Oils runs in our blood
Somewhere in this review, we also explain Dry Hipsters with Soggy Beards.
< Not a sponsored review. Good whisky money went into this. >
Listen up, style fiends. It may be that the struggle between choosing the helmet you want and the helmet you need is over – no thanks to Shoei, a brand that has regularly made us want to part with our money.
It is true that on any given day, a baked potato is dressed with more style than I. Nonetheless, I shelled out vanity dollars for the Shoei Ex Zero, a strikingly minimalist, 80’s inspired lid with a few modern tricks up its high-end sleeve. It’s an aesthetic that would be at home on any cafe, classic or scrambler-esque motorcycle, or on the racks of a bowling alley. Three months, a few road trips and a couple of painty markers later, here’s how it’s held up.
My brain box is as Asian as they come, and the Shoei fit never disappoints. The fiberglass-polyester resin outer shell comes in three sizes to accommodate inner lining pads for heads sized XS to XXL. I’m reliably an M. Those cheek pads are kind to skin, and hold up well to sweaty rides, while also being removable and washable.
Barely bruising the scales at 1.14kg, the Ex Zero is the most featherweight lid I’ve owned. At the risk of sounding like a kotex commercial, the airy, light construct makes a huge difference to comfort and riding stamina.
It’s light, but by no means feeble. Did you know that different parts of your head need different levels of impact protection? Well neither did I, so it’s a lucky thing that Shoei’s one up on us in the science of things. Their helmet shells are crafted with EPS liners of varying densities for optimal protection. Always good to know, when hard tarmac is rushing by underfoot.
If your head needs to exit the Ex Zero in a hurry, there are Shoei’s emergency quick release tabs to count on – paramedics can simply tug on the red strips to slide the cheek pads out and minimise yanking.
And yes, it’s PSB certified – your talisman against the authorities.
On the Ex Zero, details impress. Past the eye port’s sturdy rubber trim, synthetic leather finishing helps to cut reflected glare while adding a lush, classic touch.
Brass and silver rivets are another tasteful detail that also allows you to clip on an old-school, duck-bill style peak to rock a vintage enduro vibe. Shoei makes a peak to fit, but like me, you could simply snap on any adjustable peak from other brands.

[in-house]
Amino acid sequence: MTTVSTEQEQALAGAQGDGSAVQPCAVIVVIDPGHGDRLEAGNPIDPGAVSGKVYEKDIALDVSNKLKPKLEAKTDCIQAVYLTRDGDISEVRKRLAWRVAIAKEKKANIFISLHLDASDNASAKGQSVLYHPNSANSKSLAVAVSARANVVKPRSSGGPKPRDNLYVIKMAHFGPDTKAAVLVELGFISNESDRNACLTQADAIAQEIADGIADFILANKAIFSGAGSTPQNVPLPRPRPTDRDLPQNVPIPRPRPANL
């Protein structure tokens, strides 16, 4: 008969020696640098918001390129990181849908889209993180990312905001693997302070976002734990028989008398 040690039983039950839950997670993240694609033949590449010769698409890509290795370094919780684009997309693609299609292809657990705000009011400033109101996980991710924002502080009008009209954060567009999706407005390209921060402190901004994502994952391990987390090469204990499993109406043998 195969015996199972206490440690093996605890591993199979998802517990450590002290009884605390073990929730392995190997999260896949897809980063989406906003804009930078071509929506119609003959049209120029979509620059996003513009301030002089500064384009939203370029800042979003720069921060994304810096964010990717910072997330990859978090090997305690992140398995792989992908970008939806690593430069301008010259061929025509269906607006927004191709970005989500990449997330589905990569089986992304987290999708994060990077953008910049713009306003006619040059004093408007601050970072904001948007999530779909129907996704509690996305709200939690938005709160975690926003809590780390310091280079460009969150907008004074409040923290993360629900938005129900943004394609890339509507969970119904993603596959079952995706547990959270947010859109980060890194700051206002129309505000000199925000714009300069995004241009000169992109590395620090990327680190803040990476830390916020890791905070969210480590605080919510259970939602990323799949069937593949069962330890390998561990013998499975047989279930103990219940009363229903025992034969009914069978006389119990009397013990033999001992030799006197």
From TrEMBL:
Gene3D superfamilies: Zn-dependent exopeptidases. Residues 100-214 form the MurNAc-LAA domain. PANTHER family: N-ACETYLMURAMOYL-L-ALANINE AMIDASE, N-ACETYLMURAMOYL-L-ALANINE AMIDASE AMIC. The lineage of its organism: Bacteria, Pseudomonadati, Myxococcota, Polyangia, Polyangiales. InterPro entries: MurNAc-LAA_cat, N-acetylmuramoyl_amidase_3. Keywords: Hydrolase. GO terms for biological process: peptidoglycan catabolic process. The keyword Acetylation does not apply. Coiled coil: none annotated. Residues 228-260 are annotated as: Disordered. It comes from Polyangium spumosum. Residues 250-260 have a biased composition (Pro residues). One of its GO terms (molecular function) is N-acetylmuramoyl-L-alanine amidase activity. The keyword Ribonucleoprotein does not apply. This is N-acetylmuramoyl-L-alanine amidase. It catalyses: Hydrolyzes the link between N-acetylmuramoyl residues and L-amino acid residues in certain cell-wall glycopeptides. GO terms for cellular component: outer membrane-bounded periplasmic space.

The deal-maker is the drop down bubble face shield, which handsome alternatives like the Nexx XG100 or Bell Moto-3 cannot boast of. The shield tucks in and out very neatly, with a simple groove-and-lever system on either side to control how low the shield sits over your nose. It’s an indispensable feature for keeping bugs, road grit, tree branches, wind and other people’s saliva out of your eyeballs. Sunglasses and spectacles will fit underneath the shield, and you can simply pop it back up to make way for goggles.
Hipsters are allergic to rain, right? That’s probably why this handsome bugger is absolutely shit in a thunderstorm. Since the bubble face shield does not seal against the nose piece, rain will slap heartily into your mouth. Dry hipsters with soggy beards, now explained.
Hipsters are also deaf from not listening to their mothers, right? That’s why the Ex Zero is so noisy at highway speeds. A trade-off for that incredible ventilation.
Hipsters are too emotionally fractured to hold a conversation while riding, right? That’s why this helmet’s slim cut doesn’t leave much room for an intercom system. Then again – why would you want to ruin that classy silhouette with 21st century bluetooth?
Hipsters don’t move too fast, or else nobody can see how good they look, right? That’s why the Ex Zero feels a little insecure at high speeds. It’s not an issue of wind buffeting, since the helmet actually holds up reasonably well against turbulence once the visor is down. It is simply that the cheek pads do not embrace the sides of your head as deeply as with a touring-style helmet, leaving you to feel unnervingly exposed in comparison. Inside, the Ex Zero actually feels more like a classic open faced helmet, except with a chin bar.
Hands down, the Shoei Ex Zero is currently my no-frills favourite for daily commute. It proves that Sensible doesn’t mean Stale (in terms of style), and it makes me sweat the least in traffic jams; therefore I am more peaceable and less likely to punch taxi drivers. While this is an undeniably gorgeous lid that’s got more than looks going for it, it’s also mostly a helmet for the city and light trails. For highway pounding, you’d be better served by another model from the Shoei arsenal, or my adventuring go-to, the Airoh Commander All Terrain.
Fine with that? You can get the Shoei Ex Zero for 480SGD at Chong Aik stores.